# Scala | Literals

Any constant value which can be assigned to the variable is called as literal/constant. The literals are a series of symbols utilized for describing a constant value in the code. There are many types of literals in Scala namely Character literals, String literals, Multi-Line String literals, Boolean literals, Integer literals, and Floating point literals.

### Types of literals

Integer Literals: The Integer literals are generally of type Int or of type Long when a suffix L or l is added at the end of the Integers. The type Int, as well as type Long, are all Integer numerals.

Note:

• The range of the type Int is from (-2^31 to 2^30).
• The range of the type Long is from (-2^63 to 2^62).
• When an Integer literal has a number that falls out of this range then a compile-time error arises.

Decimal literals: Here, the allowed digits are from 0 to 9.

`val x = 37`

Hexa-decimal literals: Here, the allowed digits are from 0 to 9 and characters used are from a to f. We can use uppercase as well as lowercase characters.

```// The hexa-decimal number should be prefix
// with 0X or 0x.
val x = 0xFFF```

Floating Point Literals: This type of literals are of type Double as well as type Float when a suffix F or f is added at the end and we can even specify Double type by suffixing with d or D.

`val x = 3.14159`

Example:

## Scala

 `// Scala program of floating` `// point literals`   `// Creating object` `object` `double` `{`   `    ``// Main method` `    ``def` `main(args``:` `Array[String])` `    ``{`   `        ``// decimal-form literal` `        ``val` `a ``=` `3.156`   `        ``// It is also a decimal ` `        ``// form of the literal` `        ``val` `b ``=` `0123.34`   `        ``// Displays results` `        ``println(a)` `        ``println(b)` `    ``}` `}`

Output:

```3.156
123.34```

Here, we can’t specify literals in Octal or Hexadecimal form.

Character Literals:

character literals are either uni-code character which are printable or are represented by escape sequences.

```val x = 'b'
//character literal in a single quote.```
```val x = '\u0051'
//uni-code representation of character literal,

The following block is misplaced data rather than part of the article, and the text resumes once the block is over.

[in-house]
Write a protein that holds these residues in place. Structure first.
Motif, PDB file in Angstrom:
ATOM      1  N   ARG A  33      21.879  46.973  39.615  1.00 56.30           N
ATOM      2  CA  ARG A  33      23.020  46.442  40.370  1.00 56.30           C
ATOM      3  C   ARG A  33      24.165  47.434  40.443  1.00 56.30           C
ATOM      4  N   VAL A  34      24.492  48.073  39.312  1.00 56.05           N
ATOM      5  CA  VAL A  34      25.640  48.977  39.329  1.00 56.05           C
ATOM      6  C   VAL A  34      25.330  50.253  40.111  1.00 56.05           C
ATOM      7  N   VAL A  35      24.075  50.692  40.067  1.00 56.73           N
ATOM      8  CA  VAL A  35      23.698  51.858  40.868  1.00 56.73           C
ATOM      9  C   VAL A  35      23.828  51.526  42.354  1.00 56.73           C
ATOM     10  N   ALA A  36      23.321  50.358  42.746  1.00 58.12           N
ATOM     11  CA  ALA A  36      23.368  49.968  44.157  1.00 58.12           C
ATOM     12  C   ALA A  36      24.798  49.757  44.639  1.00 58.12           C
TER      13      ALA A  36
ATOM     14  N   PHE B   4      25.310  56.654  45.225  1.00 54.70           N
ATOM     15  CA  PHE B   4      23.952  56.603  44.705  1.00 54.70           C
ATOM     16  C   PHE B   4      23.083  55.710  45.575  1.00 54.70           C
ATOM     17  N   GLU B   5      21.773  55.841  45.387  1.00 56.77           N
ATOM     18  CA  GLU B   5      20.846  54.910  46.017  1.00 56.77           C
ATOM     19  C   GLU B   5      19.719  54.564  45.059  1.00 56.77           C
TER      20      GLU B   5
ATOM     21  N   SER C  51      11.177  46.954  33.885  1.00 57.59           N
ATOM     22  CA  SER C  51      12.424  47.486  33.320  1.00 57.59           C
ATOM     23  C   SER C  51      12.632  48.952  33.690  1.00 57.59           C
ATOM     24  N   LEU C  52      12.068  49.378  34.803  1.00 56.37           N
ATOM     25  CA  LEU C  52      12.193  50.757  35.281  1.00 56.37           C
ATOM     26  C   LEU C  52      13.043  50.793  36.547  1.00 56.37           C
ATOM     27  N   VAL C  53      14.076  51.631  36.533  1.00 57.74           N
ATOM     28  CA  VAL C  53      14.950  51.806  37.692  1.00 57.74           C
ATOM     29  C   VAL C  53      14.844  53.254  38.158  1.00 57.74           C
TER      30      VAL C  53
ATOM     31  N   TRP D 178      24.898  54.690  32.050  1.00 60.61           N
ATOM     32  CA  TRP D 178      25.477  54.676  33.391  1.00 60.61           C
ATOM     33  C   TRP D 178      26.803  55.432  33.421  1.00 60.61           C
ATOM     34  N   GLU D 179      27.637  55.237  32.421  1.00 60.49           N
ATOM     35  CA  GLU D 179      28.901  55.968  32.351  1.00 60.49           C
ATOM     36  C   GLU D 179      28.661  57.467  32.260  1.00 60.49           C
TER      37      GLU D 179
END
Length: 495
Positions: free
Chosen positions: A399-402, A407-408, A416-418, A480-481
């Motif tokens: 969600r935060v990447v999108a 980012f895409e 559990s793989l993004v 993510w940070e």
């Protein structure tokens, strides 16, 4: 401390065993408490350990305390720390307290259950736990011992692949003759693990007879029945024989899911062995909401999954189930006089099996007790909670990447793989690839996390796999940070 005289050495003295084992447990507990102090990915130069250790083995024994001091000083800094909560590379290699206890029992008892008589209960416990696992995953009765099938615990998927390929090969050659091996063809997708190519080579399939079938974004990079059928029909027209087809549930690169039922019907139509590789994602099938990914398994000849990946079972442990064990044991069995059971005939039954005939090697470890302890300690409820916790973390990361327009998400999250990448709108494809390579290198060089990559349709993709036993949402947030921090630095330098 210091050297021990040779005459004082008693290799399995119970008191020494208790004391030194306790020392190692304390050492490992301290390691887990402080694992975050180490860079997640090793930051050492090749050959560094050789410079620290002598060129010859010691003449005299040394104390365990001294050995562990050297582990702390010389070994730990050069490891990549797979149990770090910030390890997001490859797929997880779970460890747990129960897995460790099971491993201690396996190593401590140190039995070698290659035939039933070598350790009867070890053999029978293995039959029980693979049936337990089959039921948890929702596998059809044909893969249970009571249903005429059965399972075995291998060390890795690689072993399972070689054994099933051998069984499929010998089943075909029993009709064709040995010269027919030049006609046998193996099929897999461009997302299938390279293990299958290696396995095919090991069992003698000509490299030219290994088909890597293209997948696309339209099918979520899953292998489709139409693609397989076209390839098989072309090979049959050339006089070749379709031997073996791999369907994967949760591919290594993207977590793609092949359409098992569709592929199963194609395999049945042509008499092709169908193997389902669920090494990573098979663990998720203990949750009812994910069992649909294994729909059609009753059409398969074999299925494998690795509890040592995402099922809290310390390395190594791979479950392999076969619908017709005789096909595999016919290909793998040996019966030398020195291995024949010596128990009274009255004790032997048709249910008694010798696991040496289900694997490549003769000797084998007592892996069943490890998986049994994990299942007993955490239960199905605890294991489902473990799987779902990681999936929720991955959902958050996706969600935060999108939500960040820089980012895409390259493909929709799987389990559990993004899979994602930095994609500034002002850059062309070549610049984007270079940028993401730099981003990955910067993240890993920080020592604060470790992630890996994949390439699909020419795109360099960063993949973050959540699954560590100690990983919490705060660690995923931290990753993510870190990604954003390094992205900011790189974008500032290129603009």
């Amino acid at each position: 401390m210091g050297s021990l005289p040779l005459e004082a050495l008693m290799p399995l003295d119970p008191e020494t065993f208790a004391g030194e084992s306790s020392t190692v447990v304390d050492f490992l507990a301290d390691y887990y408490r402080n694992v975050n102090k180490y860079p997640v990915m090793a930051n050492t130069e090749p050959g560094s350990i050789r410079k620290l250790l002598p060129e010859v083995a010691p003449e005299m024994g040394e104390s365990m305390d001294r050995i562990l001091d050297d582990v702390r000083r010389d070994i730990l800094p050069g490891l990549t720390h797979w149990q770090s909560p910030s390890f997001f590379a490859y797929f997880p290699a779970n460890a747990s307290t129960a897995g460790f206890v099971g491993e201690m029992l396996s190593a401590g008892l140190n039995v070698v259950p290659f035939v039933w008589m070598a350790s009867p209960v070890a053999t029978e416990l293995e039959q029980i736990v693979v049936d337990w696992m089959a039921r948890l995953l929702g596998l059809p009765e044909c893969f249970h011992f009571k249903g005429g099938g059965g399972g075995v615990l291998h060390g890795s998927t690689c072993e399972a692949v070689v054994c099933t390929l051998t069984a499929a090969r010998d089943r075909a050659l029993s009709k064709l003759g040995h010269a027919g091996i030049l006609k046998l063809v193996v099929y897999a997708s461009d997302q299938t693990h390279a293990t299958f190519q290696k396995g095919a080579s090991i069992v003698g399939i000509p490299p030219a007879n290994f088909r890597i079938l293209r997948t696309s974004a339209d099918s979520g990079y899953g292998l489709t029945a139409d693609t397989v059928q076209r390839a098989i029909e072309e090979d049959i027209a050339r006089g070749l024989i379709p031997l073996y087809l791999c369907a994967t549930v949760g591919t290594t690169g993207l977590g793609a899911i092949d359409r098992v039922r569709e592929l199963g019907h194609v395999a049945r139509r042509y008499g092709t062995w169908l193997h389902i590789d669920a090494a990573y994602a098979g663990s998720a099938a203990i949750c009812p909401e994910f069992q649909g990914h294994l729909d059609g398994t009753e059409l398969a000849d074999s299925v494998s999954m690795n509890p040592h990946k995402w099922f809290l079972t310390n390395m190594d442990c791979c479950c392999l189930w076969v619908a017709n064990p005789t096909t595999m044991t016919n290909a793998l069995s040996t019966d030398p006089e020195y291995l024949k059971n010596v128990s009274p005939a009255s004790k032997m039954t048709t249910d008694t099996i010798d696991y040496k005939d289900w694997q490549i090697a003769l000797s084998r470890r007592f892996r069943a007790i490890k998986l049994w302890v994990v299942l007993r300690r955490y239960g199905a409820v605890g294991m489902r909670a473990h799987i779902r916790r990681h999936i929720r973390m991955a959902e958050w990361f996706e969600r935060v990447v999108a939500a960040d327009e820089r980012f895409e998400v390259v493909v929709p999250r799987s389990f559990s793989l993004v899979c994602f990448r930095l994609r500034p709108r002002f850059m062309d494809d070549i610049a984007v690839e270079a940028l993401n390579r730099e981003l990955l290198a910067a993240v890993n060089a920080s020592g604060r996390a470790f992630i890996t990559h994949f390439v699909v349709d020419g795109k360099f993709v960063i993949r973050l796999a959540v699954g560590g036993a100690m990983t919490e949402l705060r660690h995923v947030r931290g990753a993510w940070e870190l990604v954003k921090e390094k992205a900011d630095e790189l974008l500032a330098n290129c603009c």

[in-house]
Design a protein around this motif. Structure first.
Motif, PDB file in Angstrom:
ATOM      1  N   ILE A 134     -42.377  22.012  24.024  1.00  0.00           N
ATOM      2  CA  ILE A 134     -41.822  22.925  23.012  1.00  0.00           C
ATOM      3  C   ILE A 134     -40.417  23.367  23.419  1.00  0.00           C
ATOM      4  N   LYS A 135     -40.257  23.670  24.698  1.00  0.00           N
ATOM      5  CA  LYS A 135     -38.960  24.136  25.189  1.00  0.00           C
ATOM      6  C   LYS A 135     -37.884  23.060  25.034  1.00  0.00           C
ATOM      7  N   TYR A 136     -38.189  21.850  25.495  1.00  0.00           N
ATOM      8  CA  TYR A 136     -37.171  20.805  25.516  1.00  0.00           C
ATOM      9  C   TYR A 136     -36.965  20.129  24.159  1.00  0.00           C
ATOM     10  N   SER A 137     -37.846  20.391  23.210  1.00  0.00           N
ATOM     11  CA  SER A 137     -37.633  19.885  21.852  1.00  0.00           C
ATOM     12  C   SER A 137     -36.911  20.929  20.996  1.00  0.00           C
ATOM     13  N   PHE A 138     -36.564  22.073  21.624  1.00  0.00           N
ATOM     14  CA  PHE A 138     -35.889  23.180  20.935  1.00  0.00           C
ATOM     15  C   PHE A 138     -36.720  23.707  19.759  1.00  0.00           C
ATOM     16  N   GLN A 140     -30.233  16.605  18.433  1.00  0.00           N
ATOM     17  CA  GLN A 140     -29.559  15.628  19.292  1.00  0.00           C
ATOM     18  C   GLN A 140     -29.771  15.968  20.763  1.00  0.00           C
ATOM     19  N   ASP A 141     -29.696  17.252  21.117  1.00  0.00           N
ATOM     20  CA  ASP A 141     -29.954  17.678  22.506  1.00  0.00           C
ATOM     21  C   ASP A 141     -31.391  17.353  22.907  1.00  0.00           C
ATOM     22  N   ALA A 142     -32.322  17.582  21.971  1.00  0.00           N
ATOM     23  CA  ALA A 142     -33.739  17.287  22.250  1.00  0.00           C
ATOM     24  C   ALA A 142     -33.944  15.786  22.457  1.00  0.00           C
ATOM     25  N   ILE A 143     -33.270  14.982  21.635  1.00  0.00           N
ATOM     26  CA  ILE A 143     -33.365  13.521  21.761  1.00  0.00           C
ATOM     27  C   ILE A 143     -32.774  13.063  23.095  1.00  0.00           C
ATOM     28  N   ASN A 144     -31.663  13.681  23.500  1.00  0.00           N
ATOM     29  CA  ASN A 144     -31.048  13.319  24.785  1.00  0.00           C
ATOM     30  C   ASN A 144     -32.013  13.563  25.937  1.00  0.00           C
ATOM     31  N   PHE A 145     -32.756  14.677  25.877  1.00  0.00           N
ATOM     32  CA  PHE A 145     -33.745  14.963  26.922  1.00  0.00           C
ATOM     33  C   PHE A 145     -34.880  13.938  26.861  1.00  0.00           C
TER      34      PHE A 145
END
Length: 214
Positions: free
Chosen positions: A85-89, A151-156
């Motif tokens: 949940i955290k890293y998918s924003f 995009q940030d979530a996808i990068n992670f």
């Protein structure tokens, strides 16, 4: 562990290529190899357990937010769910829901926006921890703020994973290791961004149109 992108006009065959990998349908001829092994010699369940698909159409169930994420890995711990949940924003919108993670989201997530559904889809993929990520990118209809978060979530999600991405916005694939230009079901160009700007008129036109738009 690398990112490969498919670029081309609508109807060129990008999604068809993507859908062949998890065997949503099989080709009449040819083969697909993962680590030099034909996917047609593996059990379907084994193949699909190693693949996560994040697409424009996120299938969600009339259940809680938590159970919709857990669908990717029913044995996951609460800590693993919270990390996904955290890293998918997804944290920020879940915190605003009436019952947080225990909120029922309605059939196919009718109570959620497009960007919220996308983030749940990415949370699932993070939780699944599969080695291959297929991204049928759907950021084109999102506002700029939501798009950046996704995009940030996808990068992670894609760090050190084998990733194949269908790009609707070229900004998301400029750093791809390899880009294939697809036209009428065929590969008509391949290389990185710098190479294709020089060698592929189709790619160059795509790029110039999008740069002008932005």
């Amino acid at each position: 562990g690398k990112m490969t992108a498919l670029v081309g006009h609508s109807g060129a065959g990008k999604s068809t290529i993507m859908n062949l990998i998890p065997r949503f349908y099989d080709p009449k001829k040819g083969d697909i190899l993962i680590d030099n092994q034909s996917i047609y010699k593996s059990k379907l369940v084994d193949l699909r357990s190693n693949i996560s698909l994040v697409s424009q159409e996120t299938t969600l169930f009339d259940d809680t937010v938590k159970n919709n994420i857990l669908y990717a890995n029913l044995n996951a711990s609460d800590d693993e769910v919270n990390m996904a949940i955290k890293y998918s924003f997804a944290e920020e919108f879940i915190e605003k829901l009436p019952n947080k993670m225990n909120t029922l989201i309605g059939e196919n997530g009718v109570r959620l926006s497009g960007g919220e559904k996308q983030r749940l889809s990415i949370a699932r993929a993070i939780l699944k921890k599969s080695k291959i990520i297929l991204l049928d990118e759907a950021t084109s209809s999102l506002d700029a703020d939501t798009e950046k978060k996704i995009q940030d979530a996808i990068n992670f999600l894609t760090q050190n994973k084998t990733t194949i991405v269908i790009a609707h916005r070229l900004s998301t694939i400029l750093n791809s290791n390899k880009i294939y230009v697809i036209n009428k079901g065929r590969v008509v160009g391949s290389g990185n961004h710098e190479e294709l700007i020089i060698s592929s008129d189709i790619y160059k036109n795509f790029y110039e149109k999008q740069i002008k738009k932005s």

//This uni-code represents Q.```
```val x = '\n'
//Escape sequence in character literals```

Example:

## Scala

 `// Scala program of character` `// literal`   `// Creating object` `object` `literal` `{`   `    ``// Main method` `    ``def` `main(args``:` `Array[String])` `    ``{` `        ``// Creating a character literal` `        ``// in single quote` `        ``val` `x ``=` `'b'`   `        ``// uni-code representation of` `        ``// character literal` `        ``val` `y ``=` `'\u0051'`   `        ``// Escape sequence in character` `        ``// literals` `        ``val` `z ``=` `'\n'`   `        ``// Displays results` `        ``println(x)` `        ``println(y)` `        ``println(z)` `    ``}` `}`

Output:

```b
Q```

The character literals are enclosed in a single quote.

String literals: The String literals are a series of characters, which are available in double-quotes. The String literals can be handled smoothly by utilizing String Interpolation.

`val x = "GfG"`

Example:

## Scala

 `// Scala program of literals`   `// Creating object` `object` `literal` `{`   `    ``// Main method` `    ``def` `main(args``:` `Array[String])` `    ``{` `        ``// Creating a string ` `        ``// literal` `        ``val` `x ``=` `"GeeksforGeeks"`   `        ``// Displays string ` `        ``// literals` `        ``println(x)` `    ``}` `}`

Output:

`GeeksforGeeks`

Single-line string literals are enclosed in a quotation marks.

Multi-Line String Literals: The multi-line string literals are also a series of characters but it has multiple lines.

`val x = """GfG"""`

Example:

## Scala

 `// Scala program of multi-line` `// string literals`   `// Creating object` `object` `literal` `{`   `    ``// Main method` `    ``def` `main(args``:` `Array[String])` `    ``{` `        ``// Creating a multiple ` `        ``// line string literal` `        ``val` `x ``=``"""GeeksforGeeks` `        ``is a` `        ``computer science ` `        ``portal"""`   `        ``// Displays multiple` `        ``// lines` `        ``println(x)`   `    ``}` `}`

Output:

```GeeksforGeeks
is a
computer science
portal```

The multi-line string literals are enclosed in triple quotes.

Boolean Literals: Boolean literals allow only two values i.e. true and false, which are members of the type Boolean.

`val x = true`

Example:

## Scala

 `// Scala program of Boolean` `// literals`   `// Creating object` `object` `GfG` `{`   `    ``// Main method` `    ``def` `main(args``:` `Array[String])` `    ``{`   `        ``// Assigning true` `        ``val` `a ``=` `true`   `        ``// Assigning false` `        ``val` `b ``=` `false`   `        ``// Displays results` `        ``println(a)` `        ``println(b)` `    ``}` `}`

Output:

```true
false```

Whether you're preparing for your first job interview or aiming to upskill in this ever-evolving tech landscape, GeeksforGeeks Courses are your key to success. We provide top-quality content at affordable prices, all geared towards accelerating your growth in a time-bound manner. Join the millions we've already empowered, and we're here to do the same for you. Don't miss out - check it out now!